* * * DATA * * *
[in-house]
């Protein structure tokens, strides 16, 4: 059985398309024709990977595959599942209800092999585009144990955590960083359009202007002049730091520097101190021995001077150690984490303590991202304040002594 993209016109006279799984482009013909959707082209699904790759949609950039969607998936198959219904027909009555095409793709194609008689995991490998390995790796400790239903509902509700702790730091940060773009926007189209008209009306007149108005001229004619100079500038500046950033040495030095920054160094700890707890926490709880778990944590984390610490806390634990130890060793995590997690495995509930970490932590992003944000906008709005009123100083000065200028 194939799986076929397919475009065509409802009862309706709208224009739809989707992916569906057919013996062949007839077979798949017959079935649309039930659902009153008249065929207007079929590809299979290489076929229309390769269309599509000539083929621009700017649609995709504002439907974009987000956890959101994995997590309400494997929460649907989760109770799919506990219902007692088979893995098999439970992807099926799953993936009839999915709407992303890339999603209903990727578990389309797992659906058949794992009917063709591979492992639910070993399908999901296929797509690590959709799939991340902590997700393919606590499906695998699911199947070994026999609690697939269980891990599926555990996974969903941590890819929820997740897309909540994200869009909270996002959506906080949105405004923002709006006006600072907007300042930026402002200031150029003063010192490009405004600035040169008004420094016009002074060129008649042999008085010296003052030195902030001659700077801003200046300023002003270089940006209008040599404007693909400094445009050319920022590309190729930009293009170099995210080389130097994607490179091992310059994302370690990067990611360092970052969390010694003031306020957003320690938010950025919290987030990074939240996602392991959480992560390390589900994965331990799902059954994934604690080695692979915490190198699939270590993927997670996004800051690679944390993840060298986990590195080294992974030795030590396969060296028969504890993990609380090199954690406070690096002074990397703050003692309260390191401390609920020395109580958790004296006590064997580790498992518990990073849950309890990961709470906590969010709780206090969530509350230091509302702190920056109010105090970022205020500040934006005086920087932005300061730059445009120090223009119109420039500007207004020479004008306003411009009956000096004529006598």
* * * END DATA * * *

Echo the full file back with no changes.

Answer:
[in-house]
């Protein structure tokens, strides 16, 4: 059985398309024709990977595959599942209800092999585009144990955590960083359009202007002049730091520097101190021995001077150690984490303590991202304040002594 993209016109006279799984482009013909959707082209699904790759949609950039969607998936198959219904027909009555095409793709194609008689995991490998390995790796400790239903509902509700702790730091940060773009926007189209008209009306007149108005001229004619100079500038500046950033040495030095920054160094700890707890926490709880778990944590984390610490806390634990130890060793995590997690495995509930970490932590992003944000906008709005009123100083000065200028 194939799986076929397919475009065509409802009862309706709208224009739809989707992916569906057919013996062949007839077979798949017959079935649309039930659902009153008249065929207007079929590809299979290489076929229309390769269309599509000539083929621009700017649609995709504002439907974009987000956890959101994995997590309400494997929460649907989760109770799919506990219902007692088979893995098999439970992807099926799953993936009839999915709407992303890339999603209903990727578990389309797992659906058949794992009917063709591979492992639910070993399908999901296929797509690590959709799939991340902590997700393919606590499906695998699911199947070994026999609690697939269980891990599926555990996974969903941590890819929820997740897309909540994200869009909270996002959506906080949105405004923002709006006006600072907007300042930026402002200031150029003063010192490009405004600035040169008004420094016009002074060129008649042999008085010296003052030195902030001659700077801003200046300023002003270089940006209008040599404007693909400094445009050319920022590309190729930009293009170099995210080389130097994607490179091992310059994302370690990067990611360092970052969390010694003031306020957003320690938010950025919290987030990074939240996602392991959480992560390390589900994965331990799902059954994934604690080695692979915490190198699939270590993927997670996004800051690679944390993840060298986990590195080294992974030795030590396969060296028969504890993990609380090199954690406070690096002074990397703050003692309260390191401390609920020395109580958790004296006590064997580790498992518990990073849950309890990961709470906590969010709780206090969530509350230091509302702190920056109010105090970022205020500040934006005086920087932005300061730059445009120090223009119109420039500007207004020479004008306003411009009956000096004529006598």